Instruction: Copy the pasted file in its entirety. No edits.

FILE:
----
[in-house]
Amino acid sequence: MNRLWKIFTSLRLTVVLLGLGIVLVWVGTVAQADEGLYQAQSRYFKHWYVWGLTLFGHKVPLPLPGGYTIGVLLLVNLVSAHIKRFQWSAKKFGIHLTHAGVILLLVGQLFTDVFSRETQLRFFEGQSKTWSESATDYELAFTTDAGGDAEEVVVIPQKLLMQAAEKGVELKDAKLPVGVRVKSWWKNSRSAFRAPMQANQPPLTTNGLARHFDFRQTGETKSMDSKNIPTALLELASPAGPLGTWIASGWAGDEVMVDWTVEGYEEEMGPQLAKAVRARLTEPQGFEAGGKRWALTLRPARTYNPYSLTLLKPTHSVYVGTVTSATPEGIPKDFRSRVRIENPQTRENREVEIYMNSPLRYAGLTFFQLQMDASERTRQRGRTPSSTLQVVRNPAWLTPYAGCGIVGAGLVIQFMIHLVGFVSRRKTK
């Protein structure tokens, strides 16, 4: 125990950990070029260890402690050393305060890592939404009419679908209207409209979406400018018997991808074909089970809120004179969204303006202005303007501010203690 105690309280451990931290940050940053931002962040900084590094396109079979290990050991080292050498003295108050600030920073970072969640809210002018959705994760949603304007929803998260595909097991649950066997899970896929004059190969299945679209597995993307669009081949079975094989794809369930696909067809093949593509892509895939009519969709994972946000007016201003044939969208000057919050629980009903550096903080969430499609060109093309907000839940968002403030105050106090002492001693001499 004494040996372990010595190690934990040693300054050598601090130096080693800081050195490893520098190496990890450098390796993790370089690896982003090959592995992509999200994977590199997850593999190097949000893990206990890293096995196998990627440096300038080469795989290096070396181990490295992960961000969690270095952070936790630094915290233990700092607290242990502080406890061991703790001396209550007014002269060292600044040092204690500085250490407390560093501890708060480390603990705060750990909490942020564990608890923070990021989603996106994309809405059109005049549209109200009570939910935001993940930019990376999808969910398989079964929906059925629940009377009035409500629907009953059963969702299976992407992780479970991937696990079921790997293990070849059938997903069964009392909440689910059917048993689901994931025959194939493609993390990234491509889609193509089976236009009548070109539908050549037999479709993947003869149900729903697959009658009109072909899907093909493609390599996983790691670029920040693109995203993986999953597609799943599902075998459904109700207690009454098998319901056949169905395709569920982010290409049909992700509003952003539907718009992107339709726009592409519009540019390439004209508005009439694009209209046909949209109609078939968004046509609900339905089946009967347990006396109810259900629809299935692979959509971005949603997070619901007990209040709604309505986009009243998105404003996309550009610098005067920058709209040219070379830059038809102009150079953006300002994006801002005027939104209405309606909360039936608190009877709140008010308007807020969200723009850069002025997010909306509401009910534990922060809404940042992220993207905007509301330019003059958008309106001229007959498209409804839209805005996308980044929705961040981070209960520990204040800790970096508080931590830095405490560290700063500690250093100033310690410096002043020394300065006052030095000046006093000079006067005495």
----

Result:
[in-house]
Amino acid sequence: MNRLWKIFTSLRLTVVLLGLGIVLVWVGTVAQADEGLYQAQSRYFKHWYVWGLTLFGHKVPLPLPGGYTIGVLLLVNLVSAHIKRFQWSAKKFGIHLTHAGVILLLVGQLFTDVFSRETQLRFFEGQSKTWSESATDYELAFTTDAGGDAEEVVVIPQKLLMQAAEKGVELKDAKLPVGVRVKSWWKNSRSAFRAPMQANQPPLTTNGLARHFDFRQTGETKSMDSKNIPTALLELASPAGPLGTWIASGWAGDEVMVDWTVEGYEEEMGPQLAKAVRARLTEPQGFEAGGKRWALTLRPARTYNPYSLTLLKPTHSVYVGTVTSATPEGIPKDFRSRVRIENPQTRENREVEIYMNSPLRYAGLTFFQLQMDASERTRQRGRTPSSTLQVVRNPAWLTPYAGCGIVGAGLVIQFMIHLVGFVSRRKTK
């Protein structure tokens, strides 16, 4: 125990950990070029260890402690050393305060890592939404009419679908209207409209979406400018018997991808074909089970809120004179969204303006202005303007501010203690 105690309280451990931290940050940053931002962040900084590094396109079979290990050991080292050498003295108050600030920073970072969640809210002018959705994760949603304007929803998260595909097991649950066997899970896929004059190969299945679209597995993307669009081949079975094989794809369930696909067809093949593509892509895939009519969709994972946000007016201003044939969208000057919050629980009903550096903080969430499609060109093309907000839940968002403030105050106090002492001693001499 004494040996372990010595190690934990040693300054050598601090130096080693800081050195490893520098190496990890450098390796993790370089690896982003090959592995992509999200994977590199997850593999190097949000893990206990890293096995196998990627440096300038080469795989290096070396181990490295992960961000969690270095952070936790630094915290233990700092607290242990502080406890061991703790001396209550007014002269060292600044040092204690500085250490407390560093501890708060480390603990705060750990909490942020564990608890923070990021989603996106994309809405059109005049549209109200009570939910935001993940930019990376999808969910398989079964929906059925629940009377009035409500629907009953059963969702299976992407992780479970991937696990079921790997293990070849059938997903069964009392909440689910059917048993689901994931025959194939493609993390990234491509889609193509089976236009009548070109539908050549037999479709993947003869149900729903697959009658009109072909899907093909493609390599996983790691670029920040693109995203993986999953597609799943599902075998459904109700207690009454098998319901056949169905395709569920982010290409049909992700509003952003539907718009992107339709726009592409519009540019390439004209508005009439694009209209046909949209109609078939968004046509609900339905089946009967347990006396109810259900629809299935692979959509971005949603997070619901007990209040709604309505986009009243998105404003996309550009610098005067920058709209040219070379830059038809102009150079953006300002994006801002005027939104209405309606909360039936608190009877709140008010308007807020969200723009850069002025997010909306509401009910534990922060809404940042992220993207905007509301330019003059958008309106001229007959498209409804839209805005996308980044929705961040981070209960520990204040800790970096508080931590830095405490560290700063500690250093100033310690410096002043020394300065006052030095000046006093000079006067005495």